Lana Del Rey and The Malevolent Backhand of Pitchfork Popularity

Why did Pitchfork Media scrub the original ending of their Lana Del Rey review?

Lana Del Rey is probably a name you are no doubt sick of hearing regardless of whether you understand who or what a Lana Del Rey is. Rest assured, that will soon be over. The singer formerly known at least one lip-injection ago as Lizzy Grant received her proper, full-length Pitchfork Media review today.

Can you guess how she scored?

If you guessed “not well,” then you’re quite adept at guessing the answers to easy questions. Yes, in Lindsay Zoladz’s review for quintessentially hip music site Pitchfork of Lana Del Ray’s full-length album Born to Die, Lana scores a mere 5.5. Not worthy of brickbat-style derision, nor serious praise.

Mind you, it hasn’t been but four months since Pitchfork’s Ian Cohen scored Ms. Del Rey’s track “Video Games” with the coveted “Best New Track” designation that set off an indomitable firestorm of hype.

In the time between the two reviews, public sentiment for Ms. Del Rey has, well, dwindled.

Ms. Del Rey’s career was found to be one of corporate construct and deliberate artifice, flying in the face of the “indie” image of her that was carefully cultivated (the starter pistol if which, for all intents and purposes, was started by Pitchfork).

Whether consciously or not, Pitchfork’s reputation for building an emerging act’s hype in one hand only to swat it down in the other continues to be cemented herein.

Another recent example: Mr. Cohen reviewed Queens rap act Das Racist‘s mixtape with an 8.7, one of the highest scores a mixtape has ever received on Pitchfork. Mr. Cohen was subject to a second-hand derision by the group after a blogger noted that he had mis-identified some of the rappers in his review and highlighted the jokes, thereby missing the ideas core to the album concerning race and identity. When Das Racist’s full-length album came out, like Ms. Del Rey, their single was given a “Best New Track,” though not by Mr. Cohen, who gave the album a 6.3/10.0.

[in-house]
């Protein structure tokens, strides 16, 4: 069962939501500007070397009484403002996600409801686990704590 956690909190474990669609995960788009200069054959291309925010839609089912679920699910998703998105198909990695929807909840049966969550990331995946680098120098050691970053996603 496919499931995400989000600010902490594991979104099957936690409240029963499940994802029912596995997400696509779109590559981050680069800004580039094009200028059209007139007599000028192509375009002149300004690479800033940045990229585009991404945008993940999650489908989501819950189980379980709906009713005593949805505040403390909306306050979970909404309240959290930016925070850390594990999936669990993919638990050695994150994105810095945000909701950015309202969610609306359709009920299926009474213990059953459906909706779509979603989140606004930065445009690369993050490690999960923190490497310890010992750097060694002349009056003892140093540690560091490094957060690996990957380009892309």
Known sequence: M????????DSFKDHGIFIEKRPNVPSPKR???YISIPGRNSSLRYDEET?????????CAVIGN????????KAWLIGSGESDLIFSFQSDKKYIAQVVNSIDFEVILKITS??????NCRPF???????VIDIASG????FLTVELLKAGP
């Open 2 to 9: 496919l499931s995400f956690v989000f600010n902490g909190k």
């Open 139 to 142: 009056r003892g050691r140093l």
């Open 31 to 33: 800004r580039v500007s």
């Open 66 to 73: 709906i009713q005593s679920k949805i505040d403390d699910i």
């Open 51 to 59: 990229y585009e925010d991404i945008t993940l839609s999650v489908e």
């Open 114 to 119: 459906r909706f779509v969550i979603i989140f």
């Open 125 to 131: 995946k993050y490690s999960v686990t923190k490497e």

Furthermore, while Ms. Zoladz acknowledges the early critical success of “Video Games” (as it, to her, “felt frank, pointed, and true, and it had a chord progression and melody to match”) it would appear a final paragraph vaguely acknowledging some of Pitchfork’s responsibility in Ms. Del Rey’s hyperinflated rise in popularity (one that could be on the precipice of crashing down to earth) was scrubbed from the review shortly after it was posted last night.

Music writer and journalist David Greenwald caught the scrub, and posted it on his blog. The paragraph read:

Given the lengthy build-up and all the YouTube leaks, think-pieces, and controversy that followed, you can only spend so much time in Born To Die’s nihilistic Never Land before Peggy Lee’s famous question starts to nag: Is that all there is?

Ms. Zoladz has not returned The Observer‘s immediate request for comment, though to be fair, last-minute edits happen all the time. Sometimes, something goes up on a website and just doesn’t read well. It happens. Yet, it’s been noted: “That seems like a pretty hefty edit to make after pushing the post live.”

One wonders if Pitchfork couldn’t rescind their entire history with Ms. Del Rey’s rise, or if they will. One musn’t forget the classic Best New Music review Pitchfork bestowed upon 90s ska-act Save Ferris in the site’s salad days. For the record, you won’t find it on Pitchfork, because they scrubbed it out of existence.

Either way, you can expect Pitchfork to say very little on the matter. Why would they? The conclusion to this saga demonstrates— inadvertently or not—Pitchfork in the role of tastemaker. Just like Google with their top secret algorithms, whether the site has an awareness of this role while writing reviews or not, they stand to gain nothing by giving up their secrets.

One of the great secrets of rock and roll, after all, involves the preservation of mystique, even if you’re playing nothing but up-and-coming music acts and the people who buy into them. | @weareyourfek Lana Del Rey and The Malevolent Backhand of Pitchfork Popularity